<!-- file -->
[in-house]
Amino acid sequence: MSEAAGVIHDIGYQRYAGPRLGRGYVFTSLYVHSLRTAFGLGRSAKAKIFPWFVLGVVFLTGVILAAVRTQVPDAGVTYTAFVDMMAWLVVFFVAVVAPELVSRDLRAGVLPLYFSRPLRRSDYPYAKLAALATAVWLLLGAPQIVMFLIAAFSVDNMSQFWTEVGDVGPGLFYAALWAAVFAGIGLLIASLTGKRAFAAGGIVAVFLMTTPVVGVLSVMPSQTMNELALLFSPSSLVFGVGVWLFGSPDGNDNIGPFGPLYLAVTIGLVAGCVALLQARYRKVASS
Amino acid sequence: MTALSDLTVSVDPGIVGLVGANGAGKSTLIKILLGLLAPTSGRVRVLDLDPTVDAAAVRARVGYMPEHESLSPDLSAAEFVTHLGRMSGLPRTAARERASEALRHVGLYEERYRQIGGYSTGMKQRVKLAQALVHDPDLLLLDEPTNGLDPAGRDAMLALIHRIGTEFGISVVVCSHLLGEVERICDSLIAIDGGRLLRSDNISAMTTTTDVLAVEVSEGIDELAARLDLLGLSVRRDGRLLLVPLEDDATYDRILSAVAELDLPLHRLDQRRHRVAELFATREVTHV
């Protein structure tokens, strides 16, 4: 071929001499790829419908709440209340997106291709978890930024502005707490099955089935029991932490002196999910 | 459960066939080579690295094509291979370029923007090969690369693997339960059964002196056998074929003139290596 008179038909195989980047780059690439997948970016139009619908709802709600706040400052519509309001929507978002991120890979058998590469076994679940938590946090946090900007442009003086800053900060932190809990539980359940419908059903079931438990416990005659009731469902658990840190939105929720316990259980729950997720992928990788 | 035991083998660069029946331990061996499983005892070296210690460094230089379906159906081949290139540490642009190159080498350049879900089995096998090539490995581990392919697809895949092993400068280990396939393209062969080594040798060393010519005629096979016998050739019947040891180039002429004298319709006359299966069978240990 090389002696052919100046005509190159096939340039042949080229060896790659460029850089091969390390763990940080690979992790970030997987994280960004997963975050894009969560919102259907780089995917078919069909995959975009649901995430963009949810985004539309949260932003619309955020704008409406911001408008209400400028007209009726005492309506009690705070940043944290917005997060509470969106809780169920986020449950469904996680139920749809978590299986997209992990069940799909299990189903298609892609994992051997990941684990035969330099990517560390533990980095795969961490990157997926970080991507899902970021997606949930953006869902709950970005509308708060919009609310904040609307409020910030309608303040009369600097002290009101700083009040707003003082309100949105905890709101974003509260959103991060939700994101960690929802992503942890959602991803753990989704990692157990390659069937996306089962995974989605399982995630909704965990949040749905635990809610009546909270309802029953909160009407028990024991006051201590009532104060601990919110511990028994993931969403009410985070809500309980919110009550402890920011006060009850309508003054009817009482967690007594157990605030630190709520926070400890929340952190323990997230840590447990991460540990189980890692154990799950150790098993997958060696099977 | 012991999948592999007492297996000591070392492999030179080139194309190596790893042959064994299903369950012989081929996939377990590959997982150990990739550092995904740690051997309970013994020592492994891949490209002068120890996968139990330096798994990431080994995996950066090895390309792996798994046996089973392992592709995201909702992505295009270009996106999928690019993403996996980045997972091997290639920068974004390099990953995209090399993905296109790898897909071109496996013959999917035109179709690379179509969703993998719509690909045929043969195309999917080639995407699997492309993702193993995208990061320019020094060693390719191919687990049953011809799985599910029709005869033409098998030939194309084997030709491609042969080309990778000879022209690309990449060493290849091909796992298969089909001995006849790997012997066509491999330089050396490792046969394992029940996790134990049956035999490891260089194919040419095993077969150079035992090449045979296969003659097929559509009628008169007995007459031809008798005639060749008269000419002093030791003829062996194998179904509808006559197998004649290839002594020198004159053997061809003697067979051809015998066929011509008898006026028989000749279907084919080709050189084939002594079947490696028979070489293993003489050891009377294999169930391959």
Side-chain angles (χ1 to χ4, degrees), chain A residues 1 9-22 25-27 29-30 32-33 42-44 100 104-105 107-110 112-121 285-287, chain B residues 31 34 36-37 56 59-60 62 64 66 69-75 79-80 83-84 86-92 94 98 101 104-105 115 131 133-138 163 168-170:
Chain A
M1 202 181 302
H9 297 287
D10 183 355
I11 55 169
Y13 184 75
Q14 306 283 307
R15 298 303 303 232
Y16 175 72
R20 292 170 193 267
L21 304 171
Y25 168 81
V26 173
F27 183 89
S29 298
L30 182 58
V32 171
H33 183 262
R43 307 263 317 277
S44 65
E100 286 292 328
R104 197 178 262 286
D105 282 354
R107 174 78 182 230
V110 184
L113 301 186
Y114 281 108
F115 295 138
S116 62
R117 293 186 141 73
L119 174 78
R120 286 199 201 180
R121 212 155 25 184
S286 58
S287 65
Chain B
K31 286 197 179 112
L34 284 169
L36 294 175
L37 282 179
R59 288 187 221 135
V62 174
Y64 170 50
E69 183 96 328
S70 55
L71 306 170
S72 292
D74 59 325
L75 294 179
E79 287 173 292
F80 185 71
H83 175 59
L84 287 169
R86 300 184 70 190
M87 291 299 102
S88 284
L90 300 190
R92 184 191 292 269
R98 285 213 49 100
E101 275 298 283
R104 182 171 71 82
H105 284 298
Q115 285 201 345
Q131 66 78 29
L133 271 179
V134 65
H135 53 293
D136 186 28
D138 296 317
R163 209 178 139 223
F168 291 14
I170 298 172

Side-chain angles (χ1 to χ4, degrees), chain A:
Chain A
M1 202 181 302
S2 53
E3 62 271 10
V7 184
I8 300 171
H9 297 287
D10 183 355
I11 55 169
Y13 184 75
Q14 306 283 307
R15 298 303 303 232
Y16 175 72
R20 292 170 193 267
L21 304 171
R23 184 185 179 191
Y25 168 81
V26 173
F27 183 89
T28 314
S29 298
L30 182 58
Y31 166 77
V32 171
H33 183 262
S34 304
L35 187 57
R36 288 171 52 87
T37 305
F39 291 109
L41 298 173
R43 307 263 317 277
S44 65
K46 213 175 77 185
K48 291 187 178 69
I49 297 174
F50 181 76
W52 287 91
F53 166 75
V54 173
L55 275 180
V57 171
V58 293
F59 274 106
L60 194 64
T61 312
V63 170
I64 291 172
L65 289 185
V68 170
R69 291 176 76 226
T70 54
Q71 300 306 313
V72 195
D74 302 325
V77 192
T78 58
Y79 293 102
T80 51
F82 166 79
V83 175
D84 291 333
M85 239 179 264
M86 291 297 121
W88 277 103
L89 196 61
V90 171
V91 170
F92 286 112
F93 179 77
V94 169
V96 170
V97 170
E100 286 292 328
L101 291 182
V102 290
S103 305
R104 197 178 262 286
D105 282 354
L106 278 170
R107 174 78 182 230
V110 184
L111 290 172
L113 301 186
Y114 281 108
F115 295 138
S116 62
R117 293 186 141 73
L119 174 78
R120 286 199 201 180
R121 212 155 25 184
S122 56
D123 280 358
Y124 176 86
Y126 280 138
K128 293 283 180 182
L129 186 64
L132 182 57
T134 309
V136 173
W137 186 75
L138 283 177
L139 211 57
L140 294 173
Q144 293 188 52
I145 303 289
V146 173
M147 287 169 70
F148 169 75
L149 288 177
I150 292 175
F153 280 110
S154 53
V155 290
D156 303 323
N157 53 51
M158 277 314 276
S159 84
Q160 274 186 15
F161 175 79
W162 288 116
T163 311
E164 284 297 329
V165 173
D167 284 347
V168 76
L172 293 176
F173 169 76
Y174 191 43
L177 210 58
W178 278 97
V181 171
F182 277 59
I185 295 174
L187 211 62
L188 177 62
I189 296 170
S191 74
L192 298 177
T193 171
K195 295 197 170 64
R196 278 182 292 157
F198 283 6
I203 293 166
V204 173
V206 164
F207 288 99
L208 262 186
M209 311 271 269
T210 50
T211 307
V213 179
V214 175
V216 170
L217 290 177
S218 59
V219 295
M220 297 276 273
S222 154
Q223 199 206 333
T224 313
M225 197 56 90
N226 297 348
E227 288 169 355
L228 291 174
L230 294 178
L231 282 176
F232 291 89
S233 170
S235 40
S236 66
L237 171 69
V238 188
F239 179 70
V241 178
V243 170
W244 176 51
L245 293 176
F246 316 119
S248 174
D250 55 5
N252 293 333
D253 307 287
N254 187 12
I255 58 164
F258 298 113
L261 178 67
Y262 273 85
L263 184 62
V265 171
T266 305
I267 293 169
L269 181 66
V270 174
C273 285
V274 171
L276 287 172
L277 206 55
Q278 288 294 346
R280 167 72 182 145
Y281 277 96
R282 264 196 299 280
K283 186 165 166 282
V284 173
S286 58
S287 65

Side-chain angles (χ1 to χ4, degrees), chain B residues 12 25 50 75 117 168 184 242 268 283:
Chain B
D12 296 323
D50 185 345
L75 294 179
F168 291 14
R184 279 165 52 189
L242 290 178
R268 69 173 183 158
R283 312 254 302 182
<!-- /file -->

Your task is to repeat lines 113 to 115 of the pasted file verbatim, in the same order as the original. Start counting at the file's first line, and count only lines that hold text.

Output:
K48 291 187 178 69
I49 297 174
F50 181 76